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This is a pretty egregiously editorialized title; what we know is that there's apparently an SSH keypair authorized on these devices, for which the private key is available on the device. That's a terrible, ugly vulnerability, but it's as likely due to stupidity as to malice.

The right title is something like: CVS-2019-1804: Cisco Nexus 9000 Switches Allow SSH As Root.




It allows anyone who knows the default SSH key pair to login as root. How is that not a backdoor?

Backdoor definition: "A backdoor is a method, often secret, of bypassing normal authentication in a computer system."


People sometimes read "backdoor" as something intentionally left by an insider for later use by themselves or others.


Well Cisco wrote the code so it has to be in some way intentional but it doesn't necessarily mean it was done maliciously though. It could a private developer key used for testing accidentally got pushed out in production code or some poorly thought out management "feature". Regardless it is an epically dumb mistake for a company like Cisco to make on an enterprise product.


> Well Cisco wrote the code so it has to be in some way intentional but it doesn't necessarily mean it was done maliciously though. It could a private developer key used for testing accidentally got pushed out in production code or some poorly thought out management "feature". Regardless it is an epically dumb mistake for a company like Cisco to make on an enterprise product.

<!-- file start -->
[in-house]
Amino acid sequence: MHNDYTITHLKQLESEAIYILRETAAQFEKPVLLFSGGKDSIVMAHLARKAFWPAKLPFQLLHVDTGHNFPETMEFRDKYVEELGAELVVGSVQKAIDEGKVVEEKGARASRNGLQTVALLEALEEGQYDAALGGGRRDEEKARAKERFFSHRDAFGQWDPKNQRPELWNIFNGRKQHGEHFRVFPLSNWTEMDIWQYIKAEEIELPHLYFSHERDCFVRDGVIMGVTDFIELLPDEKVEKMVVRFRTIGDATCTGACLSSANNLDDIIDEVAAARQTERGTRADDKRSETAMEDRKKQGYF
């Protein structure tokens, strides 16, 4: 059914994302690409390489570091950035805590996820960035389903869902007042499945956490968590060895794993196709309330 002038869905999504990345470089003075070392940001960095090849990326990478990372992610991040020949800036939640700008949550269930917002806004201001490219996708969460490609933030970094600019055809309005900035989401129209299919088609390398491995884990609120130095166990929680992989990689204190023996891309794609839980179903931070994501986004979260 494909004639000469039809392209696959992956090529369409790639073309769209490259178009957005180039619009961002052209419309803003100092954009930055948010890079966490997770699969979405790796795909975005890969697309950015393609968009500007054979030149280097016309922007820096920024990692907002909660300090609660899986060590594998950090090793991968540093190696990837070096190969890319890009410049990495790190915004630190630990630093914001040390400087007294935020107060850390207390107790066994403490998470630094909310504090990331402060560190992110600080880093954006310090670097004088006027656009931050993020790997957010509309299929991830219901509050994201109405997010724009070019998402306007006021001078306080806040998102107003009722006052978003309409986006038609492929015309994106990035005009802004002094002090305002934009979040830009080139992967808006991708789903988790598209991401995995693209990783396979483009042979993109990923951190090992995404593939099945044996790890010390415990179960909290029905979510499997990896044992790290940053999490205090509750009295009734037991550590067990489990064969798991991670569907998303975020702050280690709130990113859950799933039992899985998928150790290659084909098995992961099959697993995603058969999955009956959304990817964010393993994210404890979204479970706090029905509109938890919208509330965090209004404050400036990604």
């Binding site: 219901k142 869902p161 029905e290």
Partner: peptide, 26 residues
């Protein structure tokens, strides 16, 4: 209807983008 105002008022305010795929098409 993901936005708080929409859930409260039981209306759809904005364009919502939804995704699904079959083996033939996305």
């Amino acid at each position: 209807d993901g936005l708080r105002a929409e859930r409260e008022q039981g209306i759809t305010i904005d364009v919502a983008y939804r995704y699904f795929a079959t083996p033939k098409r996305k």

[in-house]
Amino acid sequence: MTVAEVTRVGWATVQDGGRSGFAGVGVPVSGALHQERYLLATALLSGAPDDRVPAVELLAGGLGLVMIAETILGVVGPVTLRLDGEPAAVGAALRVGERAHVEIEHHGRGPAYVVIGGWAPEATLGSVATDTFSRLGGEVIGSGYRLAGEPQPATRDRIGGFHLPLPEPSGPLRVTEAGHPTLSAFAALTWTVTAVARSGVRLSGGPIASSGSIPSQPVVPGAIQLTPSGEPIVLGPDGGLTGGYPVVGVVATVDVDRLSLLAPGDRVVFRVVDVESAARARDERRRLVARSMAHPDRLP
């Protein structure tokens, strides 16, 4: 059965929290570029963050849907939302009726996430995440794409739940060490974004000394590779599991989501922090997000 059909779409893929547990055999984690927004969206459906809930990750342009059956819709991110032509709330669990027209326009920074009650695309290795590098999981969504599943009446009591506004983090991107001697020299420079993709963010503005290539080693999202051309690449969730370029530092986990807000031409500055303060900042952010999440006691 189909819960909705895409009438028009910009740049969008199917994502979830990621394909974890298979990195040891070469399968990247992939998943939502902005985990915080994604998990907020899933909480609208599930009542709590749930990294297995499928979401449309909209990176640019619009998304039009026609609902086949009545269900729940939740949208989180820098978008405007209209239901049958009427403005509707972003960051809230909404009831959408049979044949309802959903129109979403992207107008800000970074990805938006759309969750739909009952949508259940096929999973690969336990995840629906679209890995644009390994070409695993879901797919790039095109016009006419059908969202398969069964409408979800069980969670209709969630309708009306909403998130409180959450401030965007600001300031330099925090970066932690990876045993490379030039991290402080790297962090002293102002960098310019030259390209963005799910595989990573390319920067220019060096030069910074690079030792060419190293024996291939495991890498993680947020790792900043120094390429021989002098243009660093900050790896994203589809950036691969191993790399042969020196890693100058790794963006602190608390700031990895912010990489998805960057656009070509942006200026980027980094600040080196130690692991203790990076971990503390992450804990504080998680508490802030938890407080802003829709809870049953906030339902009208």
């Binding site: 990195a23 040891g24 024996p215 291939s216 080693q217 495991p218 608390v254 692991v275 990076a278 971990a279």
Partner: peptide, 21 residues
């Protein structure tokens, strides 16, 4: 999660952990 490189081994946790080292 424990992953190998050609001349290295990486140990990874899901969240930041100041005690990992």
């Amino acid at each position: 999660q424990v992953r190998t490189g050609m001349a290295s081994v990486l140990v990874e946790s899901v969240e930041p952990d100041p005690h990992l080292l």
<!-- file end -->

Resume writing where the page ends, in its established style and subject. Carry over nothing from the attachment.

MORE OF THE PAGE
That someone might not be the company, it might be a developer.

It's entirely true that the company says it's not a backdoor, the developer says it's a mistake, but he/she was approached from an external organization.

Unless you can provide either way it's impossible to classify it as a backdoor or not.


> People sometimes read "backdoor" as something intentionally left by an insider for later use by themselves or others.

And considering you can never know if someone else knows about it, that means you can never know if it was a backdoor.


And what do you think this was? Virtually all router/networking devices have some kind of "hardcoded account" (read:backdoor) and this is only slowly changing. I believe the EU is going to ban the practice soon.


You’re joking right?

It’s “allow ssh as root with a publicly available ssh key”. Your version is making it sound mundane.


Sad state of affairs when terrible, ugly vulnerabilities are mundane.


If it was a genuine "backdoor" why would you want use a publicly available key?


Being the only keyholder reduces plausable deniability, so maybe.